Microsoft Windows Phone by any other name: It's now 'Windows 10 Mobile'

The software maker is rebranding its mobile operating system as it tries to remind consumers of its once-dominant role in the market.

Nick Statt Former Staff Reporter / News
Nick Statt was a staff reporter for CNET News covering Microsoft, gaming, and technology you sometimes wear. He previously wrote for ReadWrite, was a news associate at the social-news app Flipboard, and his work has appeared in Popular Science and Newsweek. When not complaining about Bay Area bagel quality, he can be found spending a questionable amount of time contemplating his relationship with video games.
Nick Statt
2 min read

Windows 10's new Continuum feature will let smartphone owners use PC versions of apps like Word and PowerPoint, including a mouse and keyboard, just by plugging their devices into a monitor. Screenshot by Juan Garzón/CNET

Windows Mobile is back from the dead.

Microsoft is killing off its Windows Phone brand, which has languished in the mobile market for the last five years. In its place: Windows 10 Mobile, a reference to the original name of its smartphone operating system, Microsoft announced in a blog post Wednesday. The company started distancing itself from both Windows Phone and the Nokia brand of its Lumia phones last fall.

Windows 10 Mobile, due out this summer, will run Microsoft's so-called universal apps that are designed to work across all devices. The mobile OS will also make use of Microsoft's new Continuum feature that will automatically switch an app's layout when the phone is plugged into a PC monitor and communicating with a mouse and keyboard.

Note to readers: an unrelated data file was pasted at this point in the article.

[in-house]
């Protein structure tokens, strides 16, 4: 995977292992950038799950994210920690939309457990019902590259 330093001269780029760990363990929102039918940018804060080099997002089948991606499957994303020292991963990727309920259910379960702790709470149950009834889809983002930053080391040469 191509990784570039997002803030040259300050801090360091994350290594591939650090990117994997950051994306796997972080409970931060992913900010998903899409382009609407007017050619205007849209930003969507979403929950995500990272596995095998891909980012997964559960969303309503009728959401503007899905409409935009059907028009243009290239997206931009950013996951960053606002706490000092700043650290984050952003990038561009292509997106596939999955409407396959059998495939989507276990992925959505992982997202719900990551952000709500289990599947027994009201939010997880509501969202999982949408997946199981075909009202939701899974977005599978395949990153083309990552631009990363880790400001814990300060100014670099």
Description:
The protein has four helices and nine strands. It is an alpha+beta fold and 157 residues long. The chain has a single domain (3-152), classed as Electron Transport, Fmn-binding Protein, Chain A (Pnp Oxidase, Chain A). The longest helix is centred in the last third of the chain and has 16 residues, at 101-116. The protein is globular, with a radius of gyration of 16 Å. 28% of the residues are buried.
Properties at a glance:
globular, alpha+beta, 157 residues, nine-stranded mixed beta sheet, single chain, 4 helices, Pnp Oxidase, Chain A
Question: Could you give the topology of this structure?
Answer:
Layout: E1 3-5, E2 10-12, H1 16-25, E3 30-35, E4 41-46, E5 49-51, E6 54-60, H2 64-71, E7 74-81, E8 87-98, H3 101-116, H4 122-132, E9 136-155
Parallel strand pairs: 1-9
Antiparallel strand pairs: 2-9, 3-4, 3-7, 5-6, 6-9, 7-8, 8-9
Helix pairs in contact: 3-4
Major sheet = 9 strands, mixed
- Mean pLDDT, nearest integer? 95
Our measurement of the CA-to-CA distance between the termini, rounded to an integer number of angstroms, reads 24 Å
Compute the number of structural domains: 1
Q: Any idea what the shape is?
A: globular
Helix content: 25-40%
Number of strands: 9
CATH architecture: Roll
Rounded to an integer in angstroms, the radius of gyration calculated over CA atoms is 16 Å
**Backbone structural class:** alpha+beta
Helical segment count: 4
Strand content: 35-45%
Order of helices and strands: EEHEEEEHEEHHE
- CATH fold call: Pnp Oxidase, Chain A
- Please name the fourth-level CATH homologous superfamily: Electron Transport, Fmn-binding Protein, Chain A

From 2000 to 2007, before the arrival of Apple's iOS and Google's Android, Windows Mobile was the world's most popular mobile operating system. It ran mostly on personal data assistants, or PDAs, that preceded modern-day smartphones.

Microsoft hopes its new operating system will recapture some of that glory, thanks in part to the software's ability to run on devices of all types and sizes. Executives want to have more than 1 billion devices running some version of the Windows 10 software by 2018. To help accomplish that aim, the company will offer the software for free to the vast majority of current PC, tablet and smartphone owners. Microsoft still hasn't revealed the software's exact release date.

"We designed Windows 10 to deliver a more personal computing experience across a range of devices. An experience optimized for each device type, but familiar to all," Tony Prophet, Microsoft's Windows marketing chief, wrote Wednesday. "Windows 10 will power an incredibly broad range of devices -- everything from PCs, tablets, phones, Xbox One, Microsoft HoloLens and Surface Hub."

Microsoft hopes its software won't just run on traditional computing products, but also ATMs and sensor-equipped appliances, cars and gadgets connected to the so-called Internet of Things.

Microsoft on Wednesday also revealed the various iterations of Windows 10. There's Windows 10 Home for average consumers, a more feature-packed version to be called Windows 10 Pro, Windows 10 Enterprise for businesses, and Windows 10 Education for schools and universities.